They've come for a midday meetup of drivers who share roots in Haiti. Every day, if they're not too far afield when lunchtime hits, they head for the appointed spot to eat, share the news of the day and be among friends. The meetups are a long-running institution - driver Brunel (who gave only a first name) says he's attended for nearly 15 years.
"We don't have time to hang out" after hours, says Atema, a broad-shouldered man who likewise offered only his first name. "We have families, we have children to take care of, bills to pay." So, he says, "we meet, spend some time relaxing and then go back to work." - Seanan Forbes
As CEO of the publicity firm RLM PR, Richard Laermer is a busy man. Which puts him in the minority when he indulges in his weekly lunch-hour ritual of taking in a movie near his Times Square office. At 11:30 screenings, he joins a smattering of "nutty-looking individuals who look like they don't have much to do," says Laermer, who imagines them looking at him in his tie and briefcase and figuring, "He's gotta be a narc."
Shunning the popcorn ("It gets stuck in your teeth") and hot dogs (although once in awhile he goes for Goobers), he feeds his appetite for comedies and documentaries, as well as the occasional horror flick. He also sometimes takes one for the team, stomaching a flop a la "Leap Year" to sound the alarm on his pop-culture blog and weekly Internet-radio talk show.
"I must see the really bad to understand the totally great," he says.
The self-confessed BlackBerry addict never answers calls in movies, "even if Barack needs me," but he has figured out how to check his e-mail during the show without bothering anyone. "The mark of a great flick," he says, "is if I forget to do that." - C.A.
Hiking up the Hudson River on a breast-cancer walk several years ago, Chioma Onyekwere saw a flying trapeze rig and had a thought.
"I said, 'I'm going to do this,'" says Onyekwere, owner of a management consulting firm specializing in IT. "You're a kid and you see the circus and it looks like fun - and I've always been a kid. Why not?"
By the time she made it to the Web site of the New York Trapeze School, though, she was having second thoughts. The first page asked why anybody would climb to a platform way up in the air and jump off. Onyekwere thought, "Yeah. I'm not doing that. That's crazy."
She was done . . . sort of.
"It was very strange," says the Yonkers resident. "I felt it calling me." So she figured she'd do it once and move on.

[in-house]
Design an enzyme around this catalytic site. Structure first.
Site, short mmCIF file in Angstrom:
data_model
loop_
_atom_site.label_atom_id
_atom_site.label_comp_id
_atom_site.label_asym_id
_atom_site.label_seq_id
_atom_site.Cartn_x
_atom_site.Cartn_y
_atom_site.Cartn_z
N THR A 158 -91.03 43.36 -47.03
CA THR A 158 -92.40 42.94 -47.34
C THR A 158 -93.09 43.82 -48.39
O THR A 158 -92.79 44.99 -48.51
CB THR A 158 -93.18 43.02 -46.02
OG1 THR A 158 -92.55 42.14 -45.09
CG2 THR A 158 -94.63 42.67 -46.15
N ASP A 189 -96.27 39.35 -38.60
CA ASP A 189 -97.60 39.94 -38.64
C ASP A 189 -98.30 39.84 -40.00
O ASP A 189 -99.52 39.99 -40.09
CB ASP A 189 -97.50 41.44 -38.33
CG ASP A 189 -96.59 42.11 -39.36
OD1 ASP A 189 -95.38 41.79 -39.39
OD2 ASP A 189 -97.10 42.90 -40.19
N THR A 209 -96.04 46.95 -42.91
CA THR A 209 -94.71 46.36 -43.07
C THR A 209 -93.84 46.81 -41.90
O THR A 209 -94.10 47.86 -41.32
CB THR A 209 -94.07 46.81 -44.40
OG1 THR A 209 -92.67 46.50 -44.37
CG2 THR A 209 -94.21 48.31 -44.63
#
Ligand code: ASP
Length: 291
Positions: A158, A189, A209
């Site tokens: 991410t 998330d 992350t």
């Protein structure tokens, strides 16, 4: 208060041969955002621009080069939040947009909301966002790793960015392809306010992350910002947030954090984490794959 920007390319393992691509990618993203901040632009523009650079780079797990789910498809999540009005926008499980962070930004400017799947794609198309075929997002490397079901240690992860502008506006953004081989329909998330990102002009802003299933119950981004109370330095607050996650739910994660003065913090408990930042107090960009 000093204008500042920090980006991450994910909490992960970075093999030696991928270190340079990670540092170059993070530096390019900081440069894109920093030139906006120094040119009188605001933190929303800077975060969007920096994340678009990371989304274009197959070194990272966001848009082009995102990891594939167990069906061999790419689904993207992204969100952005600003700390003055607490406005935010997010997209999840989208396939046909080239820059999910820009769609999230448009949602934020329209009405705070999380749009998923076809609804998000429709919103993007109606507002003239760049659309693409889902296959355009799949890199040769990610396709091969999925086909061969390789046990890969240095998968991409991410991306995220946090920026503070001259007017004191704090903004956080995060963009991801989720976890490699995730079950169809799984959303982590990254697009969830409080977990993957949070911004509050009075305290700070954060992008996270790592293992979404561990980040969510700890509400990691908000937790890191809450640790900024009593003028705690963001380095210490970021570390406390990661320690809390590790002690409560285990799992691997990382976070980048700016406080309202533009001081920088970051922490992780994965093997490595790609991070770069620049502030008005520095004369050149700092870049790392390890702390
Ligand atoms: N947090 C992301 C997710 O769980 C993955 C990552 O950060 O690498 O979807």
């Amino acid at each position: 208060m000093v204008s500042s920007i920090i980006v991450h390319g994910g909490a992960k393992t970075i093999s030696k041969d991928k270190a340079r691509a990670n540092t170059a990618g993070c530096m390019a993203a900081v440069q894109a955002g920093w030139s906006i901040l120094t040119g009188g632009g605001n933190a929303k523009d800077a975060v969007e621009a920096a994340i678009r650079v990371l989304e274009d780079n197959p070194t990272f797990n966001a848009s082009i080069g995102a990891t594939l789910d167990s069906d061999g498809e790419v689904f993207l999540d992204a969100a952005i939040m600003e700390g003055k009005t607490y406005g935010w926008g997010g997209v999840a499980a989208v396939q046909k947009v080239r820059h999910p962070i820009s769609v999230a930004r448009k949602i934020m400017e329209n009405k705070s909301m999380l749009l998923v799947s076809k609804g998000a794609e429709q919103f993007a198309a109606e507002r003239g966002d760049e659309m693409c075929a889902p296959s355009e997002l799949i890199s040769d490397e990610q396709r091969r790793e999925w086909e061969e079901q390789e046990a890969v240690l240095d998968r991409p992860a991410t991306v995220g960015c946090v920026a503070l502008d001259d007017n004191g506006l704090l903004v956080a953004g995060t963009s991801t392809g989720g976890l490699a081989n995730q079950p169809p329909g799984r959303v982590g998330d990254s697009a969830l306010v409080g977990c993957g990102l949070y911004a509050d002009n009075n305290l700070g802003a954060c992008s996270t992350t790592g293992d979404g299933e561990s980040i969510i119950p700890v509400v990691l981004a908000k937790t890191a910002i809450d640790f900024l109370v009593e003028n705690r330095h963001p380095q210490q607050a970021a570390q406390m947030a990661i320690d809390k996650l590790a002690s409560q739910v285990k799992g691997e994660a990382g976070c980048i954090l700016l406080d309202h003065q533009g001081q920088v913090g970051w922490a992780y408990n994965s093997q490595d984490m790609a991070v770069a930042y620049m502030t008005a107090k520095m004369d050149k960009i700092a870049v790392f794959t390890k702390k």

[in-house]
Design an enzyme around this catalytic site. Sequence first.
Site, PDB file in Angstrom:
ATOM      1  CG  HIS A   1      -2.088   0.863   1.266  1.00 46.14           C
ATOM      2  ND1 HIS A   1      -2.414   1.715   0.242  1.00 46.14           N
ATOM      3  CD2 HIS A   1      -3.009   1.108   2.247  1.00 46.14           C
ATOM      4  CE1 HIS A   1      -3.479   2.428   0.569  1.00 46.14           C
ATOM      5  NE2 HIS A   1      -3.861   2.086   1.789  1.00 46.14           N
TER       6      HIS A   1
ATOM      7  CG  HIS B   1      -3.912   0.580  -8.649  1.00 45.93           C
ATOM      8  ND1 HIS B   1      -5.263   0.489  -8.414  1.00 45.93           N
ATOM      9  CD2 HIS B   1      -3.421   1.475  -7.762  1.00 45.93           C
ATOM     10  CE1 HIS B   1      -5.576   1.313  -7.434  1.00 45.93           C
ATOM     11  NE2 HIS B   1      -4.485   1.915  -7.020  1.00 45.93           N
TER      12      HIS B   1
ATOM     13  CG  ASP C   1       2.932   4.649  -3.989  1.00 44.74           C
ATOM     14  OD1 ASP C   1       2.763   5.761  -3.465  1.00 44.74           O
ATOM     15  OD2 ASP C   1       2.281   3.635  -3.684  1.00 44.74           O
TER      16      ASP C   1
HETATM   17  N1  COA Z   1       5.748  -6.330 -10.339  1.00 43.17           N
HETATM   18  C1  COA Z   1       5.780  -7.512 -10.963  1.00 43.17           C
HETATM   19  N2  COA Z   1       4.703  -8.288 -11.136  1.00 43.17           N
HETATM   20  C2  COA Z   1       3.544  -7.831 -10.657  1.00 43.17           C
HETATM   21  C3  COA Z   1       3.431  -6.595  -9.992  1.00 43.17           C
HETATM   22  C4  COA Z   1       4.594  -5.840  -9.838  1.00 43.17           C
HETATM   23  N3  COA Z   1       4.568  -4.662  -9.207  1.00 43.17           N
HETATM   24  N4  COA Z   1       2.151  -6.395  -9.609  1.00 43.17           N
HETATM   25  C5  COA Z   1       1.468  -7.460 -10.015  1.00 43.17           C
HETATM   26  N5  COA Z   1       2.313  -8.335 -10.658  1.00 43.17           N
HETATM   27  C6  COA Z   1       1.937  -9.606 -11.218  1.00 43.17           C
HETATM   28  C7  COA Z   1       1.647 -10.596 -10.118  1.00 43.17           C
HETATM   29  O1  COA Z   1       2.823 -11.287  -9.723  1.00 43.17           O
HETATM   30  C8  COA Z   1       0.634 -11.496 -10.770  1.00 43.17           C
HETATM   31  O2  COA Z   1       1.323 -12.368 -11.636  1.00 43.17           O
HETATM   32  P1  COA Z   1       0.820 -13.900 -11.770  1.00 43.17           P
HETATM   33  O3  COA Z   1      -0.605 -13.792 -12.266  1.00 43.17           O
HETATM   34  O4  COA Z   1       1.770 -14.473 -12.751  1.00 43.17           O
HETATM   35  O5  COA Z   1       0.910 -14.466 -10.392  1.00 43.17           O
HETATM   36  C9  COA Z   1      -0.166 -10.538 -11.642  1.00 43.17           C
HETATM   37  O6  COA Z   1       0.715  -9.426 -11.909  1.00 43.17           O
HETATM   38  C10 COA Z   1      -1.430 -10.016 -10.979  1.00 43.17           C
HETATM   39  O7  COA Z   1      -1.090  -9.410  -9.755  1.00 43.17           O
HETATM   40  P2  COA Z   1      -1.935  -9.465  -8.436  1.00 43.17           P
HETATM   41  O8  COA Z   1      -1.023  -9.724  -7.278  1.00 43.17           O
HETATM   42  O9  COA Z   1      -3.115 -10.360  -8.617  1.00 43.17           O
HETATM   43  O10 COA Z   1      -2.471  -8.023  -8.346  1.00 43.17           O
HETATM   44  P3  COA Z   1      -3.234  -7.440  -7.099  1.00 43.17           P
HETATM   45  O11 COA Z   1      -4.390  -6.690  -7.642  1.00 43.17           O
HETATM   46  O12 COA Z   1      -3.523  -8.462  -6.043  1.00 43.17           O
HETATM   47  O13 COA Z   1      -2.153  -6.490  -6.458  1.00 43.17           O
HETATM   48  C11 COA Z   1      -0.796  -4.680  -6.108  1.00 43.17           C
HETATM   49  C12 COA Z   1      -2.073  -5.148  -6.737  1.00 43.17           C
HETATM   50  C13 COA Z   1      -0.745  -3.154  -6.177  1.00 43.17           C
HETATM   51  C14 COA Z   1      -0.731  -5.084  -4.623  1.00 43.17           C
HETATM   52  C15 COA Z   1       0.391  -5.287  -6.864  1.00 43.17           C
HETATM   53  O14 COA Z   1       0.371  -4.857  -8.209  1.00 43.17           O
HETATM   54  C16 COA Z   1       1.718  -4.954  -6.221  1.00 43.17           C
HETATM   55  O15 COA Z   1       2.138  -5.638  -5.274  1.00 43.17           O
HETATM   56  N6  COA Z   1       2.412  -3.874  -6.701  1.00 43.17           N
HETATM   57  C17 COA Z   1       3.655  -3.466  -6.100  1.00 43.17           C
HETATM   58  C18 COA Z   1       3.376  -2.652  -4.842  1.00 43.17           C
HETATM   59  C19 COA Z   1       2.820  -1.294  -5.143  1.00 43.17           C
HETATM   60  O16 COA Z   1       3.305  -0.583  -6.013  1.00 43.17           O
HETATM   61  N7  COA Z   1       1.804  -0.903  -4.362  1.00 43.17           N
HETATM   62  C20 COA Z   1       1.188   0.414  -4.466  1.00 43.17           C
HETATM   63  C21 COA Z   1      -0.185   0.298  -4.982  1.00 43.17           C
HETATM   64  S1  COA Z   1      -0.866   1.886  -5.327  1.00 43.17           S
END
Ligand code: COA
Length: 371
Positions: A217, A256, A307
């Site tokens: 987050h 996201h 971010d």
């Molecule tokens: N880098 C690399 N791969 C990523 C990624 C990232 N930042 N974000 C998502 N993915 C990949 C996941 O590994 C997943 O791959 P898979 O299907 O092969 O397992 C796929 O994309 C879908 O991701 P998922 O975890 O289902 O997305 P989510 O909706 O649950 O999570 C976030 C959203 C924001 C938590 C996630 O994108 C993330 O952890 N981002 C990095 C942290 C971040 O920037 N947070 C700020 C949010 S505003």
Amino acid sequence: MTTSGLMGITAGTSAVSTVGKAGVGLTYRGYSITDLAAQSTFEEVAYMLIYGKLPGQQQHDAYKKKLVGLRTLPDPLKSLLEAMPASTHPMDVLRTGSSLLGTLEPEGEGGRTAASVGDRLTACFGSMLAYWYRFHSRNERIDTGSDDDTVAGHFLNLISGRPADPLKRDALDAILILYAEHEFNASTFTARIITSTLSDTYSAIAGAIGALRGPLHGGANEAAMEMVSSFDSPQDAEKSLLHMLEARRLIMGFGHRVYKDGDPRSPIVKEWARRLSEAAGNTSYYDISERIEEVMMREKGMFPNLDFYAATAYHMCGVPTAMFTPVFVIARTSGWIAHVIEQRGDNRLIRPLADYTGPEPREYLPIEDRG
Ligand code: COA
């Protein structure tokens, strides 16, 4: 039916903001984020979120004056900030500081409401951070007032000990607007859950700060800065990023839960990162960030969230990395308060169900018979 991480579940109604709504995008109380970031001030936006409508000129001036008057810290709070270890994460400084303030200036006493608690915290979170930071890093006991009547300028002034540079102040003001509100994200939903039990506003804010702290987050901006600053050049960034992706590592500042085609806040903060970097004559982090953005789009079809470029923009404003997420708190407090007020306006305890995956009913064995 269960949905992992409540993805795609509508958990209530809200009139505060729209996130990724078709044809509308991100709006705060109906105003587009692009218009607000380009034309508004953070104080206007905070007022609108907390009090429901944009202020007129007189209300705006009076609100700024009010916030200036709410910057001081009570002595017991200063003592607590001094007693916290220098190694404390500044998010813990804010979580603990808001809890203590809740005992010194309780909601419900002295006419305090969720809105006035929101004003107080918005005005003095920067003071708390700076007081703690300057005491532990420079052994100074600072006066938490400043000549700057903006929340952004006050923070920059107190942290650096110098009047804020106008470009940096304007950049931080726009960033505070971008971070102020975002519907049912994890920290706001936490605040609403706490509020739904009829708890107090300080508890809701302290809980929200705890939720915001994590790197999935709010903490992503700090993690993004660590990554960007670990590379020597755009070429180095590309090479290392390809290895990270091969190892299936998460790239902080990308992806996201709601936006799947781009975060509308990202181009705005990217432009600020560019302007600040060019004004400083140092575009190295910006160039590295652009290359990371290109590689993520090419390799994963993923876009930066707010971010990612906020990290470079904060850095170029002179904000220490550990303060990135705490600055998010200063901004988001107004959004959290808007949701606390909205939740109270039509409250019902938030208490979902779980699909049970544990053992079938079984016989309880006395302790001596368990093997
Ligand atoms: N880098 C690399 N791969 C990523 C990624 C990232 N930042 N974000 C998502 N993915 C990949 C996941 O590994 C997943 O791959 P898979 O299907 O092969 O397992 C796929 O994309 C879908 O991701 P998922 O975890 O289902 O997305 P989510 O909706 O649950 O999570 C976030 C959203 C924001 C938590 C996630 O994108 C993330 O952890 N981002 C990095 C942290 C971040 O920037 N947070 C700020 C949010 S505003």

That was three years ago. Now, once a week, Onyekwere spends her lunch hour flying. In her two-hour classes, students start off swinging and quickly move on to tricks, tumbling across the air. It's become a valued part of her weekly routine, she says, looking around the school's space on far West 30th Street.
"I come in here, and it feels like home," she says. - S.F.
Some workers make an adventure out of the most basic lunch-hour activity: eating their actual lunch. Such is the case with Clay Williams, a 33-year-old IT manager who's not one for the stock deli salads and ham-on-ryes that fuel much of the Midtown workforce.
Instead, Williams uses his lunch break to scout out novel food finds that lie between the endless delis and steam tables, investigating homespun eateries and food carts serving up ethnic specialties and other fare worth going out of the way for.
"It's like a hunt. I'm looking for something I can't get everywhere else," says Williams, who keeps his eyes peeled as he roams area streets, looking for "that hint of something cool."
He's currently got a thing for Asian food, which has sent him on a thus-far-frustrating search for good Vietnamese within striking distance of his East 34th Street office. He's done better trolling the Korean strip on West 32nd Street, where even after a couple years of regular visits, he says, "I'm always learning something new."
One of his favorite recent finds is a homey West 29th Street spot run by a Korean couple who sell tacos and other Mexican specialties to area Latino workers, greeting them and taking orders in Spanish.
"It's a little surreal, but it's really awesome," he says. "They've got a specials board with a whole list of stuff that seems to be different every day."
For the past year he's blogged about his finds as a contributor to MidtownLunch.com, a site that guides many a cube-dwelling chowhound. Among other write-ups, he does a column called "Flatiron Lunch," based on his southward jaunts.
Once in a while he might go further afield - to the Village for a lobster roll from Pearl Oyster Bar, or to Katz's on Houston for pastrami. But generally he stays within roughly a quarter-mile radius of his office. After all, he says: "I have to fit it within an hour." - Chris Erikson